Wednesday, August 28, 2013

Dreams Deferred?

"...where the Spirit of the Lord is, there is liberty." (2 Corinthians 3:17)

In November of 1861 Julia Ward Howe penned the immortal lyrics of The Battle Hymn of the Republic, which contains the following stanza: 

"In the beauty of the lilies Christ was born across the sea,
With a glory in His bosom that transfigures you and me.
As He died to make men holy, let us die to make men free, While God is marching on."

Confederate forces had fired on Fort Sumpter in South Carolina on April 12 of that same year, thus initiating the hostilities of the American Civil War.  Like Lincoln, Howe considered the scourge of war to be a manifestation of God's wrath. Subsequently, the words of her anthem have often been changed from "let us die to make men free," to "let us live to make men free."  But one thing is clear: Howe believed that there were things worth dying for.

True to Howe's anthem and subsequent interpretations, Abraham Lincoln lived and died to make men free.  Lincoln rightly understood and opposed the evil of slavery, issuing the Emancipation Proclamation on January 1, 1863 and working toward the ratification of the Thirteenth Amendment to the Constitution, while striving to preserve the Union.

A century later (and 50 years ago, today), Martin Luther King, Jr., standing symbolically in the shadow of the Lincoln Memorial in Washington, D.C., delivered his monumental I Have a Dream speech. Not many years later, and not unlike Lincoln, King was assassinated.  A sniper's bullet struck him down shortly after he had delivered his last speechI Have Been to the Mountaintop.  King was only 39 years old.

King eloquently described his dream with terms such as "brotherhood" and the need to "make justice a reality for all of God's children." He wished to see "justice [roll] down like waters and righteousness like a mighty stream."  In one of the most famous lines of his speech, King declared: "I have a dream that my four little children will one day live in a nation where they will not be judged by the color of their skin but by the content of their character."

But this was not all.  Martin Luther King, Jr. drew upon the words of Isaiah, declaring: "I have a dream that one day every valley shall be engulfed, every hill shall be exalted and every mountain shall be made low, the rough places will be made plains and the crooked places will be made straight and the glory of the Lord shall be revealed and all flesh shall see it together."  King worked to hasten the day when "all of God's children, black men and white men, Jews and Gentiles, Protestants and Catholics, will be able to join hands and sing in the words of the old spiritual, 'Free at last, free at last. Thank God Almighty, we are free at last.'"

The Apostle Paul taught the Galatians in an epistle to "Stand fast therefore in the liberty wherewith Christ hath made us free" (Gal. 5:1), and he taught the Romans in an epistle "For the law of the Spirit of life in Christ Jesus hath made me free from the law of sin and death." (Romans 8:2)  As Christians, both Lincoln and King stood fast in the liberty that only Christ can bring. (see John 8:32)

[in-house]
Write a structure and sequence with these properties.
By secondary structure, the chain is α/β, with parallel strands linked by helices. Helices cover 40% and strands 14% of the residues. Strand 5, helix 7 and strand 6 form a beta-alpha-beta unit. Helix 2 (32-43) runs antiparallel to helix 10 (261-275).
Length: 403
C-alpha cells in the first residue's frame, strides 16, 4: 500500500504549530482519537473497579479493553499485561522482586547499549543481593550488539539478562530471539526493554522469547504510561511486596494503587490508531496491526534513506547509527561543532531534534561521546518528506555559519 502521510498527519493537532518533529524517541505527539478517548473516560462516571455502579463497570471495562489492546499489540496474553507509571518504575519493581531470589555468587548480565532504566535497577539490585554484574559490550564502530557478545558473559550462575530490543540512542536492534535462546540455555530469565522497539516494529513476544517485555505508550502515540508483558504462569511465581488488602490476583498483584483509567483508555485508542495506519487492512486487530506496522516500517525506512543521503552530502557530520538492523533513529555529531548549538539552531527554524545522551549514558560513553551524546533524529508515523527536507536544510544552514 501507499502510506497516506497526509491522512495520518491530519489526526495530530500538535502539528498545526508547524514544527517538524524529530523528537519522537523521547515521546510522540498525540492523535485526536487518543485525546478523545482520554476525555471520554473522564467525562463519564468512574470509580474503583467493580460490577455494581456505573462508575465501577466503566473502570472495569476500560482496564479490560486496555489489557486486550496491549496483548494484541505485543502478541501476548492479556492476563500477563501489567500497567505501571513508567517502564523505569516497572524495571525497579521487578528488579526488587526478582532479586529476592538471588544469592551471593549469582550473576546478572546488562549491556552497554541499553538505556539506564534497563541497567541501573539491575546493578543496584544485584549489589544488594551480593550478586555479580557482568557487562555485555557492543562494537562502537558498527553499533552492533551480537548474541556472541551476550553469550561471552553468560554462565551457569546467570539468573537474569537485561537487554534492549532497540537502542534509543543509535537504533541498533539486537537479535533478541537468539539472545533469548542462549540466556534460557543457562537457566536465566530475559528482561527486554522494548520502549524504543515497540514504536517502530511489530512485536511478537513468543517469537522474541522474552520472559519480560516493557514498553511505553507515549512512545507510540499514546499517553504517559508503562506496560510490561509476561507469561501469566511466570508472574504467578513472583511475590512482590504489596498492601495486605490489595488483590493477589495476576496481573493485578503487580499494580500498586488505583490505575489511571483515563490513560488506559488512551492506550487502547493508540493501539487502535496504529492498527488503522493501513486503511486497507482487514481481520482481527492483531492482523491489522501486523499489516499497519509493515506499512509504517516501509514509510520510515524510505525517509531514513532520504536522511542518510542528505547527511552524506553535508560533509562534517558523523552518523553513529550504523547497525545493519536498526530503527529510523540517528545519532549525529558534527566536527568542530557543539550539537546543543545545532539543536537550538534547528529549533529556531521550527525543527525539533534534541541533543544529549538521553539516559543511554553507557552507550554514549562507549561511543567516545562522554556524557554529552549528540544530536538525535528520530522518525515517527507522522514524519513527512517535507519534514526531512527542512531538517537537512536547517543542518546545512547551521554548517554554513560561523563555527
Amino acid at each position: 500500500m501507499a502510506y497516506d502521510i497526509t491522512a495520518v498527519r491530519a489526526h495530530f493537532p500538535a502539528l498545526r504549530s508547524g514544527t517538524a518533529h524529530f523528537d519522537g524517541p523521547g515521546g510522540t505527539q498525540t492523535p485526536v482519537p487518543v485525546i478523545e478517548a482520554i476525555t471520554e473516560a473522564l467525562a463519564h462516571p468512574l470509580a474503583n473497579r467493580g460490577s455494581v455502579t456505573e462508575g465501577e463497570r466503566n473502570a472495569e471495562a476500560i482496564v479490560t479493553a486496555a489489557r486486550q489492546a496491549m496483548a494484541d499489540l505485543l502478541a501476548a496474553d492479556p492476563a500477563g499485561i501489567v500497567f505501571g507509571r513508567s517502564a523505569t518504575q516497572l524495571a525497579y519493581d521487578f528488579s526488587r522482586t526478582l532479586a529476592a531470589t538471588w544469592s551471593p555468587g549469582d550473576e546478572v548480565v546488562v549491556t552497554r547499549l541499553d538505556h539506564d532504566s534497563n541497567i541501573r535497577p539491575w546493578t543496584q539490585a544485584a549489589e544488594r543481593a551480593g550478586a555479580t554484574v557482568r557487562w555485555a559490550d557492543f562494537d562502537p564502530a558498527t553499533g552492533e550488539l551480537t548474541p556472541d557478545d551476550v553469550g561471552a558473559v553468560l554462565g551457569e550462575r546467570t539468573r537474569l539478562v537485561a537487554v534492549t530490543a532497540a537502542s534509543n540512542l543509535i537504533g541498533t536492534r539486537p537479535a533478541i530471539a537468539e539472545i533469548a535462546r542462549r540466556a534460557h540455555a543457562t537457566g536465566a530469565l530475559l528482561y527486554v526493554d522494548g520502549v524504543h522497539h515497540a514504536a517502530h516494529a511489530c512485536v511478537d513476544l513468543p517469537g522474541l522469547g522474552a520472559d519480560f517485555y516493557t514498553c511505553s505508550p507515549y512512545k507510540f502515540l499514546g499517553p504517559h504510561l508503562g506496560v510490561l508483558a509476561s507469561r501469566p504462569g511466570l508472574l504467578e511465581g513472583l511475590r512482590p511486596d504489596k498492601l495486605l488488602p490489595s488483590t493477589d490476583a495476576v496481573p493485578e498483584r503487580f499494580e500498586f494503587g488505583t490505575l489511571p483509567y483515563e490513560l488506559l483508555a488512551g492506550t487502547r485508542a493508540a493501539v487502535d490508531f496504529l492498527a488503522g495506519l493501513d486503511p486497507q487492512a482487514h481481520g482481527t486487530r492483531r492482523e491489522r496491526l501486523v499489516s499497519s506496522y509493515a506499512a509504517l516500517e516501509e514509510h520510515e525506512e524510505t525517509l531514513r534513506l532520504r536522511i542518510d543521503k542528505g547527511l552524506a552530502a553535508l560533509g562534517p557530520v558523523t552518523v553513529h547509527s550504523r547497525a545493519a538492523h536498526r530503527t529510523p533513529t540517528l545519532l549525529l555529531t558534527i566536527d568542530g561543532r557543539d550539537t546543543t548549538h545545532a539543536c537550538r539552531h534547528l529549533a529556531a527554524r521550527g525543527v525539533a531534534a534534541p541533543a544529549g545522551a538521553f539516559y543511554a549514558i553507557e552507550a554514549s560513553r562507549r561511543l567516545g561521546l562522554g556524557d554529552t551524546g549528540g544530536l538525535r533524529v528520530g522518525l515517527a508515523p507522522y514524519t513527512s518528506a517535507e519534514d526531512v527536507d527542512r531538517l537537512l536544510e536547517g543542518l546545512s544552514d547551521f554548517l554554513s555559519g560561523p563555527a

But what about today?  Has King's dream been fulfilled, or, to quote Langston Hughes (a poet and a contemporary of King), is it merely a dream deferred?  Is President Barack Obama the fulfillment of the dream and the new mouthpiece for both Lincoln and King?  Are there other dreams, or is this the American Dream?  

Approximately six hundred years B.C. a prophet and his family escaped from persecution in Jerusalem, and while tarrying in a tent in the wilderness, this prophet had a dream:

"Behold, I have dreamed a dream; or, in other words, I have seen a vision." (1 Ne. 8:2)

In this dream, the prophet Lehi "beheld a tree, whose fruit was desirable to make one happy." ( 1 Ne. 8:10)  Lehi partook of the fruit of the tree and his whole soul was filled with joy.  He desired to share this fruit with his family and with others.  Lehi's son Nephi, upon hearing his father's account of the dream, desired to know the truth of the dream for himself:

"And it came to pass after I, Nephi, having heard all the words of my father, concerning the things which he saw in a vision, and also the things which he spake by the power of the Holy Ghost, which power he received by faith on the Son of God—and the Son of God was the Messiah who should come—I, Nephi, was desirous also that I might see, and hear, and know of these things, by the power of the Holy Ghost, which is the gift of God unto all those who diligently seek him, as well in times of old as in the time that he should manifest himself unto the children of men." (1 Ne. 10:17)

In answer to Nephi's inquiry, he was also blessed with a dream, or a vision, like the dream of his father. He saw and heard many things, and learned the interpretation of the dream.  Not only this, but Nephi's vision stretched from the life and ministry of Jesus Christ, and further into the future, to see the fate of his posterity, the discovery and colonization of America, and even the end of the world.  All of this is recorded in the Book of Mormon, Another Testament of Jesus Christ.  

In conjunction with the Bible, the Book of Mormon testifies of Jesus Christ, sets forth the doctrines of the gospel, outlines the plan of salvation, and "tells men what they must do to gain peace in this life and eternal salvation in the life to come."  It teaches the truth that the Apostle Paul, the poet Julia Ward Howe, President Abraham Lincoln, and the civil rights clergyman Martin Luther King, Jr. understood and valiantly defended, namely that "...where the Spirit of the Lord is, there is liberty." (2 Corinthians 3:17, see also Alma 61:15)